At that time world cruisers voyaged exclusively in sailboats. But sailboats are confined to narrow lanes of predominantly favorable winds - the same sea lanes sailors have used for centuries. Those famous tradewinds also turn most oceans into one-way streets, and miss some areas of the globe entirely. And sailing in the trades can be difficult and unpredictable, with dead calms or howling gales as likely as a steady knot breeze.
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We were anchored in the lagoon of an atoll in the Marshall Islands, Majuro, off a gorgeous little motu called Eneko. That was to be only the second Christmas that Wayne and I had spent together. We had met just over a year earlier, when Wayne commented on my author blog, Sailingwriter. I was living aboard my sailboat, a Caliber 33, in Merritt Island, Florida after recently returning from the Bahamas.
We started up a conversation via email, which led to Skype calls and eventually to my flying out to Fiji for the passage up to the Marshalls. Beebe and Denis Umstot. I can remember thinking, seriously? Two years later, I sailed across the Pacific in an Islander 44 and spent the cyclone season in New Zealand with the man, James Kling, who would later become my first husband. That boat had only one piece of electronics—a home-built Heathkit depth sounder—and not even a VHF radio.
I learned how to how to use a sextant, how to survive hand steering with a tiller on a 4-day passage when our wind vane broke. I learned to love our Aries wind vane that never let us down. So when he asked me to read a book about crossing oceans in a stinkpot, I was stunned. At that point, though, I was behind on a deadline to finish a novel that was due in May. As it turned out, I finished that book and shipped it off to my editor just a few days before we left on passage to sail down to Fiji for the start of the southern ocean cruising season.
Somewhere about the middle of the book, I became intrigued. No coincidence perhaps that the middle of book coincided roughly with the middle of that mile passage across the equator, i. While the wind is free, what it takes to catch the wind is not.
And sailors motor much more than they like to admit. In order to go faster in a displacement vessel, you need a greater waterline length. We were already sailing in a foot motorsailer, and our maximum speed was only about 8 knots. If we wanted to go faster, what we needed was something long and lean and more efficient. Once you start looking at building a boat over 60 feet, the cost of putting a sailing rig on it is enormous. What if we put that money into fuel instead? I had lots to think about on that passage.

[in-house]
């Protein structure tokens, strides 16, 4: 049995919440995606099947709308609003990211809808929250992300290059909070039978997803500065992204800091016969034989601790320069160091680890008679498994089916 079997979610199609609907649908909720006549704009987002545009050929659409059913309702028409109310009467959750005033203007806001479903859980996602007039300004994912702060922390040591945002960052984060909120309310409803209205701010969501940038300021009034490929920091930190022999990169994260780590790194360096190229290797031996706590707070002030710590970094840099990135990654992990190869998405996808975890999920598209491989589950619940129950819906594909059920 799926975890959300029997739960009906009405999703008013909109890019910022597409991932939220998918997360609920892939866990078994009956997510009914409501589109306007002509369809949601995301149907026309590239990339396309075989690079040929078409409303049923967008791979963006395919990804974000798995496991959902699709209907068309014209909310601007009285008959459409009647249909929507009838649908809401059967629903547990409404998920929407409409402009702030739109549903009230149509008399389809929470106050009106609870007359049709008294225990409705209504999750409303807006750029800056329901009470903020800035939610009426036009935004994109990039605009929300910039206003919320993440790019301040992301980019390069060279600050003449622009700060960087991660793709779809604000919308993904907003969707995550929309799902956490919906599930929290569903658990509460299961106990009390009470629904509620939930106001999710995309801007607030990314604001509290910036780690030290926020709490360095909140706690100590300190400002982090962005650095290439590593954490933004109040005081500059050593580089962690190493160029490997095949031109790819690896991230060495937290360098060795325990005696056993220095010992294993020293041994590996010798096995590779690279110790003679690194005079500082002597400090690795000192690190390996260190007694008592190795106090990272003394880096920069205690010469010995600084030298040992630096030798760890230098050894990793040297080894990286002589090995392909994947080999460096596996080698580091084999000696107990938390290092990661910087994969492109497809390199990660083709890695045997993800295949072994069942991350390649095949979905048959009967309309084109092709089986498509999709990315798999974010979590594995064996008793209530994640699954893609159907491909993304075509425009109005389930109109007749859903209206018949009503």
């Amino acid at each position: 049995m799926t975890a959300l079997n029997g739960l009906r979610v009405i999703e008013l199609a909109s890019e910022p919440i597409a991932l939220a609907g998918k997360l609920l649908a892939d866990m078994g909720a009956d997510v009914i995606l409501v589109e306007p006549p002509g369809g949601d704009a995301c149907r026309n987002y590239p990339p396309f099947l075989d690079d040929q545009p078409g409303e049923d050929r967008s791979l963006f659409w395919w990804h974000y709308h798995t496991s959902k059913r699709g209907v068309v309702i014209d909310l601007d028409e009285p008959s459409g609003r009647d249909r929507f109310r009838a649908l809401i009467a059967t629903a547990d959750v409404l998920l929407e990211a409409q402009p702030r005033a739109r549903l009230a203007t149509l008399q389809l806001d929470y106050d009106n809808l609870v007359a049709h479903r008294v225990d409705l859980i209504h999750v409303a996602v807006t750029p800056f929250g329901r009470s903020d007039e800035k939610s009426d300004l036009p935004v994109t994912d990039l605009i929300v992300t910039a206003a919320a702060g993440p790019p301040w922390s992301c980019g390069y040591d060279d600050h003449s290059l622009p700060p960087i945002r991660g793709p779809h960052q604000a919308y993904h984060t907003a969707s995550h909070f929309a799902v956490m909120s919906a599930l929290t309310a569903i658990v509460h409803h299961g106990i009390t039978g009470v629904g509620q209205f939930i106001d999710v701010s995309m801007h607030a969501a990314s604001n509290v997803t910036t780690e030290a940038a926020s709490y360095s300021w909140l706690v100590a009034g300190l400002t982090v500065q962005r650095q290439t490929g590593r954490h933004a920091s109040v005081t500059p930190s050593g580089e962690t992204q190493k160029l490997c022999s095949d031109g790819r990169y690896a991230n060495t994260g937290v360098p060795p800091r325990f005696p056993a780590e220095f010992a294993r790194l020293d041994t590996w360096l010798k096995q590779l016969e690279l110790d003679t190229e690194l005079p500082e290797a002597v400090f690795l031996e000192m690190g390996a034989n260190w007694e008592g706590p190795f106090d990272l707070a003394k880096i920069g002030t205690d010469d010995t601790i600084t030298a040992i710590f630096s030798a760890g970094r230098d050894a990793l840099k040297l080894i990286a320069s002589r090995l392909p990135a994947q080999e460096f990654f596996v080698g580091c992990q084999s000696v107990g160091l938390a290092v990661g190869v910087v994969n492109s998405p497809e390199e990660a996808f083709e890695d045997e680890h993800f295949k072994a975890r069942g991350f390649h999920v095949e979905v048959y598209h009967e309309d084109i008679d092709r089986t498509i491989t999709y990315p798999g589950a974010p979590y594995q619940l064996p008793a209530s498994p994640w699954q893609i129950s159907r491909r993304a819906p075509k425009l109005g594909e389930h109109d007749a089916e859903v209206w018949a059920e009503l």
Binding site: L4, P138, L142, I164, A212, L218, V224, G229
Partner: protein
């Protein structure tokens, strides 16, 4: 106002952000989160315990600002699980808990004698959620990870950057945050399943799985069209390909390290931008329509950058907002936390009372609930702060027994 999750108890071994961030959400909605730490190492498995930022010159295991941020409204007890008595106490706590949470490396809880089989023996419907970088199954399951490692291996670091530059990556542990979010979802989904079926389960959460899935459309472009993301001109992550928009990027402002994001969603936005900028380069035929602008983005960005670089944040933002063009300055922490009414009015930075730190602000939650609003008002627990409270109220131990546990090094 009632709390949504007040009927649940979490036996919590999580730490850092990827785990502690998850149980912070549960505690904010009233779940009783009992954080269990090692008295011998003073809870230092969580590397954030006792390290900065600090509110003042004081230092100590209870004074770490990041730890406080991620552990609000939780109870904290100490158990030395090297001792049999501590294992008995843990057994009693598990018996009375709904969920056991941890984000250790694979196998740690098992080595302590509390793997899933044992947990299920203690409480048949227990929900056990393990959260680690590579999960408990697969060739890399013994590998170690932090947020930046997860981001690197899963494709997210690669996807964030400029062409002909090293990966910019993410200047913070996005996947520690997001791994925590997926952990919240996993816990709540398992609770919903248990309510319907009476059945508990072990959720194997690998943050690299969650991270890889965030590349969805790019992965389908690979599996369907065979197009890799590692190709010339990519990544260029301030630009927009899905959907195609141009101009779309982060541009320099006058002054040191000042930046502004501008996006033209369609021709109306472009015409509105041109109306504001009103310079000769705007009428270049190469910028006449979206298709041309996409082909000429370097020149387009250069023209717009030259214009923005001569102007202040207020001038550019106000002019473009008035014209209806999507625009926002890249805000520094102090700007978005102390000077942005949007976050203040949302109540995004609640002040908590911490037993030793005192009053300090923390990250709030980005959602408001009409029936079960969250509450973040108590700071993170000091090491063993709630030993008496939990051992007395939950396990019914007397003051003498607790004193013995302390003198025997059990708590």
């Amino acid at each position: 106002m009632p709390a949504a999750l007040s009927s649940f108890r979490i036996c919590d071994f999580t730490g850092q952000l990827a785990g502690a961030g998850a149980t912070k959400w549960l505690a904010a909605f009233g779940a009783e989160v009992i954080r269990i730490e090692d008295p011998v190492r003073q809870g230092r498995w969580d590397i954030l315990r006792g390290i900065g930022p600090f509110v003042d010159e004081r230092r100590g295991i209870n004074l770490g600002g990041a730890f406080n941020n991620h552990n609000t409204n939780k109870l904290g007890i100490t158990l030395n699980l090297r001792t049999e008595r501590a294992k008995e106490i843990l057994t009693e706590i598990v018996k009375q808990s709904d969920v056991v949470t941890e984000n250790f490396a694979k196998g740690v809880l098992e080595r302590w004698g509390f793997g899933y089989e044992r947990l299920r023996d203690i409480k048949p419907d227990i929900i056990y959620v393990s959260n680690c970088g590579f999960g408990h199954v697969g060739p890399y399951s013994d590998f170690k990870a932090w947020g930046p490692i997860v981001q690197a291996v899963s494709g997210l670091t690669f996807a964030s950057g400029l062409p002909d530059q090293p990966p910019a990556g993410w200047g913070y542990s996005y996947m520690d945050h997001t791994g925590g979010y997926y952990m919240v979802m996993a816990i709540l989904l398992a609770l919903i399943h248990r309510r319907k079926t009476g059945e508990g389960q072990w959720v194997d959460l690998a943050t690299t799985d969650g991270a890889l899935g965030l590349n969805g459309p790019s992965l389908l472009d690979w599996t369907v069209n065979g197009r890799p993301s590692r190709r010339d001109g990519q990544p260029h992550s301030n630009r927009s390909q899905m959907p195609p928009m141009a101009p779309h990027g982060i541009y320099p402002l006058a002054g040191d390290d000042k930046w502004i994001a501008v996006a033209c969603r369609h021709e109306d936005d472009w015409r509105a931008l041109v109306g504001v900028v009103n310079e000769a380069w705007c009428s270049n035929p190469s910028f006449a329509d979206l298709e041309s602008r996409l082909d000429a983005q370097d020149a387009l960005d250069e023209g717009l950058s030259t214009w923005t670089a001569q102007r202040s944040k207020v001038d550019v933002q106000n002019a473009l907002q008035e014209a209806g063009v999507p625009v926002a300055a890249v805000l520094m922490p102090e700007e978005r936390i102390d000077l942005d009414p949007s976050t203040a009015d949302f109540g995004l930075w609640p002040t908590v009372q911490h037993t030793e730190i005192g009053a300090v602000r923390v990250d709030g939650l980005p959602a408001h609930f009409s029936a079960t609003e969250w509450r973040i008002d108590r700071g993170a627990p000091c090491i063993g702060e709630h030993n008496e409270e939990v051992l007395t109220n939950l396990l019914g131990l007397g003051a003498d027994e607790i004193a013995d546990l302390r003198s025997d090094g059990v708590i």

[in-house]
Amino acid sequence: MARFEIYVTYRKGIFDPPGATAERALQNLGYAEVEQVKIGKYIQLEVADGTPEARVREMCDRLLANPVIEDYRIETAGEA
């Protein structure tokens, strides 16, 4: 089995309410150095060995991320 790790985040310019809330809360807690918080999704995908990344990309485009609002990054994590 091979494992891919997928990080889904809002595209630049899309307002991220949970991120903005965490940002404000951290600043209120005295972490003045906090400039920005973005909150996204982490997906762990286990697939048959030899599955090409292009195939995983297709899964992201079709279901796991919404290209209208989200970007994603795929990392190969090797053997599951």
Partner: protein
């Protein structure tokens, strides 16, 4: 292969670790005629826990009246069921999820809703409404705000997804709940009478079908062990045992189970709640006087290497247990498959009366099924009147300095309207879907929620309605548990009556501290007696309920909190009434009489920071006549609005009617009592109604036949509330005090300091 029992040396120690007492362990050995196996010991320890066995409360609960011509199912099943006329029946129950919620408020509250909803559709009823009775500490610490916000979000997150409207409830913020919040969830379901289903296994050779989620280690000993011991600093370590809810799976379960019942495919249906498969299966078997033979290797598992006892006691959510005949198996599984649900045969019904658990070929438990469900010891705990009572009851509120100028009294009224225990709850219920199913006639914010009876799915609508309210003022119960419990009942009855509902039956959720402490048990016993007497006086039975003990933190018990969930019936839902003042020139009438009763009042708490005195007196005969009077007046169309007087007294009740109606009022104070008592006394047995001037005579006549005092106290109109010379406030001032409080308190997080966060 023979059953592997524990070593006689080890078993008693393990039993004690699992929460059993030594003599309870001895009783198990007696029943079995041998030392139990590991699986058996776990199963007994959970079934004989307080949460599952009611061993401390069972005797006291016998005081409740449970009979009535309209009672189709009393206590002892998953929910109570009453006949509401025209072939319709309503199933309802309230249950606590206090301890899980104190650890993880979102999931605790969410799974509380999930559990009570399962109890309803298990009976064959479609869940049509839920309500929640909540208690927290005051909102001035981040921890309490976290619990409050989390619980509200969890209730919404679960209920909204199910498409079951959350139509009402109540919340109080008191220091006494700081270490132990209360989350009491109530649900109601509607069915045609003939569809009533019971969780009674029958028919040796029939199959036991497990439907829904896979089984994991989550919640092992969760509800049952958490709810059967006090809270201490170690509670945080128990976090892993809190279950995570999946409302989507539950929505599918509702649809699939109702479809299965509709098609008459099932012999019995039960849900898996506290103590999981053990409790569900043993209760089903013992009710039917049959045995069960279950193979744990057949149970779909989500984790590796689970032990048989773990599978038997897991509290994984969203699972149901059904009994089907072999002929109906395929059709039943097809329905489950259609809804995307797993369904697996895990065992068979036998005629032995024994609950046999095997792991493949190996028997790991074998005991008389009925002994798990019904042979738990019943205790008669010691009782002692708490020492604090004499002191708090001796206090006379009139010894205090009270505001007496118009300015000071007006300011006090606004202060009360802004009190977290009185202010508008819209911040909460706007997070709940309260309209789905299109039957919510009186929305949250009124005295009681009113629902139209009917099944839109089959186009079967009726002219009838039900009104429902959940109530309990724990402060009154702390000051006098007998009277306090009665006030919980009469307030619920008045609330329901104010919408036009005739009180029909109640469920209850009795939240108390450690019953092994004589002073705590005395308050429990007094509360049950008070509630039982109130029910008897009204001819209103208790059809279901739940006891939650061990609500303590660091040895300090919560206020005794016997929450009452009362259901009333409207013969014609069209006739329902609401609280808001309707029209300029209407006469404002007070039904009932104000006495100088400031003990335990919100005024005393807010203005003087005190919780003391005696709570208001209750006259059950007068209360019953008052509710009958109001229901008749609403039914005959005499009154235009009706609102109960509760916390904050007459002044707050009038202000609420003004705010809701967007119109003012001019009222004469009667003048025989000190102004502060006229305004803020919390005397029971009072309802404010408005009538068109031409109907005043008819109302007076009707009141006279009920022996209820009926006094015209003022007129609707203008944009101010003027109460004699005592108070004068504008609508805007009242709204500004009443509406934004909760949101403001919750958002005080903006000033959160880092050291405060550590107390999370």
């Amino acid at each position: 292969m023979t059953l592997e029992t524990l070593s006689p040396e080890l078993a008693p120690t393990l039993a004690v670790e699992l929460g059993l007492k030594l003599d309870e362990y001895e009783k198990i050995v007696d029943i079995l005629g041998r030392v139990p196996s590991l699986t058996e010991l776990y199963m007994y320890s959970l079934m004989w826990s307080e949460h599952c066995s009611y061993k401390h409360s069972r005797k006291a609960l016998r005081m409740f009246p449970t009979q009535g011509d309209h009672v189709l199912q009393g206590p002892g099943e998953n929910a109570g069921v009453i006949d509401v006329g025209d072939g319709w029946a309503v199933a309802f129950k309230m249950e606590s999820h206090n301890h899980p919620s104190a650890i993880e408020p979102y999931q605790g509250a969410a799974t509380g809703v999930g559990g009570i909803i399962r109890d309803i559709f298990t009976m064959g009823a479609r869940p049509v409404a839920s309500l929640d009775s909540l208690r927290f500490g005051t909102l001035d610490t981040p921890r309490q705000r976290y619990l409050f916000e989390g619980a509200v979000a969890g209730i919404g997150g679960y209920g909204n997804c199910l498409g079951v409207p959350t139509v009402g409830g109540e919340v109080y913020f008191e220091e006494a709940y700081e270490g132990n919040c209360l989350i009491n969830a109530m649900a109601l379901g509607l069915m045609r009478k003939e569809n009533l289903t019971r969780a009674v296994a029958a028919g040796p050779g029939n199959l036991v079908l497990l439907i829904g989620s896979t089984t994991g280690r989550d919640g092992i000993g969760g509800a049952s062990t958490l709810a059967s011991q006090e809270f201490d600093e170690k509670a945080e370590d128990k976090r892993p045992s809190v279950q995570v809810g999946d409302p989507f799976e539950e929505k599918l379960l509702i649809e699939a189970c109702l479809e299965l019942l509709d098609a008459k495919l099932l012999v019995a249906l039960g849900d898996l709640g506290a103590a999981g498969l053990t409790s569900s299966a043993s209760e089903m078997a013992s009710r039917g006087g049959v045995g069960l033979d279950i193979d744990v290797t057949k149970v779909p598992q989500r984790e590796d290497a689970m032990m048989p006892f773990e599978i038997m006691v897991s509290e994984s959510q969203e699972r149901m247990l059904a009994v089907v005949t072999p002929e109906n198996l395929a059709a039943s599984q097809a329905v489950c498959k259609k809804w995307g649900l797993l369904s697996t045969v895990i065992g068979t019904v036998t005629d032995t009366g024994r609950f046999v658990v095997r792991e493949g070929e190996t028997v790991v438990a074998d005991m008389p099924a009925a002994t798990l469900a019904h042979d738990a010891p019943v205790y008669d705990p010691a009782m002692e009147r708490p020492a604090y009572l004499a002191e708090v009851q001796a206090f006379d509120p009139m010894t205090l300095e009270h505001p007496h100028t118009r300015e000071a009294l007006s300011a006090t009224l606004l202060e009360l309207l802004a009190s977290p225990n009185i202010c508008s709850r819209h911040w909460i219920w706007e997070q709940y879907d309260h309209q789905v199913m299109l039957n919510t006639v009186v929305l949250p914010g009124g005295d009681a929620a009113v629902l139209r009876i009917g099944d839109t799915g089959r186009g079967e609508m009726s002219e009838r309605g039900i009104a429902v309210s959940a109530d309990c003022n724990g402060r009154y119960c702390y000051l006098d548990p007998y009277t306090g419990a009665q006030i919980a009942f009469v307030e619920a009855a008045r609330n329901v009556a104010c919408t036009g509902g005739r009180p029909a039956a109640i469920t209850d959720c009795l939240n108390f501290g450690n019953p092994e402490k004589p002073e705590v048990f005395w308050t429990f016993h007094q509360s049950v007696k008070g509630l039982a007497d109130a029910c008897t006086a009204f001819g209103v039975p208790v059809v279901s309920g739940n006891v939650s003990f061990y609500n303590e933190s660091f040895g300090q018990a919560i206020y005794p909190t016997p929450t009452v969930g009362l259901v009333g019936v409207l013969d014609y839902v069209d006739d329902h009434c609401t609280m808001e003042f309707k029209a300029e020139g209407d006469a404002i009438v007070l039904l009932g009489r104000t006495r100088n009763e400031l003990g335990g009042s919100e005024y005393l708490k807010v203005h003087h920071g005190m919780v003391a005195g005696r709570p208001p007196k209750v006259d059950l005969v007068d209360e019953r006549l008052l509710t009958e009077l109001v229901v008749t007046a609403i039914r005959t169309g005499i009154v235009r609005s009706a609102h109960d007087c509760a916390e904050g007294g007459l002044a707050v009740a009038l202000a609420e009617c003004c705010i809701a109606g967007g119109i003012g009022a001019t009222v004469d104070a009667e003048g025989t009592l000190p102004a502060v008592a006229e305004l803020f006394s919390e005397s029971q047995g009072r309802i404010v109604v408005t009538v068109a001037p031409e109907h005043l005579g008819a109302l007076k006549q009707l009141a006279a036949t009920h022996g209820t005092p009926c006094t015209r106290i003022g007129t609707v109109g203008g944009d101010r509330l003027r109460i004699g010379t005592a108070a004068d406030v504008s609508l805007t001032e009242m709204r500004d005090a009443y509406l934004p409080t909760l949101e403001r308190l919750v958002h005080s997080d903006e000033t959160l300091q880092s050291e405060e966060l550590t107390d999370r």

On the very first day we met in person, Wayne introduced me to the new line of boats that Steve Dashew was building. As a long time sailor, of course I knew who Dashew was, but I had not followed this move of his to power. My first husband had built a foot aluminum sailboat for a customer in Hawaii back in , and we both had been long admirers of unpainted aluminum hulls. He graciously gave us a tour and put up with our hundreds of questions for several hours.
Hearing about his trip from New Zealand to Fiji that took him just over five days really got me to thinking. What would it be like to be able to do knots regardless of the wind direction?
Of course, serendipity was not done with me yet. We left Savu Savu and slowly cruised our way out to the Lau group. There, we met Marie and J. Again, we were invited aboard and given the grand tour. These folks had built this big cat themselves in Paraguay, and they had so many fascinating stories about that adventure. They were also strong advocates of power cats as ideal cruising passagemakers. They spoke of the ability to do 20 knots when needed, and we watched them retrieve the anchor a few days later and the way J.
At some point out there cruising through the Lau group of islands, Wayne tentatively brought up the subject.
My first husband had asked me a similar question back then. We had cruised the Pacific on an Islander 44 that he had built from a hull and deck. Jim was then proposing that we find a mold and have a foot hull laid up to our specs, then build the rest ourselves.
I was only 24 years old at the time. What did I know? I said yes. There began a grueling routine of working days in the boatyard, nights as a waitress, seven days a week. Those three years were the longest of my life. I came to say, partially in jest, that purgatory must be a boatyard. You never get out. When we did finally launch that boat that became our home for the next 14 years, I said silently under my breath, Never Again.
And yet, there I was smiling at my new husband, nodding and saying yes. We had lots of time to talk and dream as we cruised Fiji, but the more we read and talked, the more convinced we both were that this was something we wanted to do—and could do. That was it for me.
I was sold. We decided to move over to the dark side. Fair winds!
Voyaging Under Power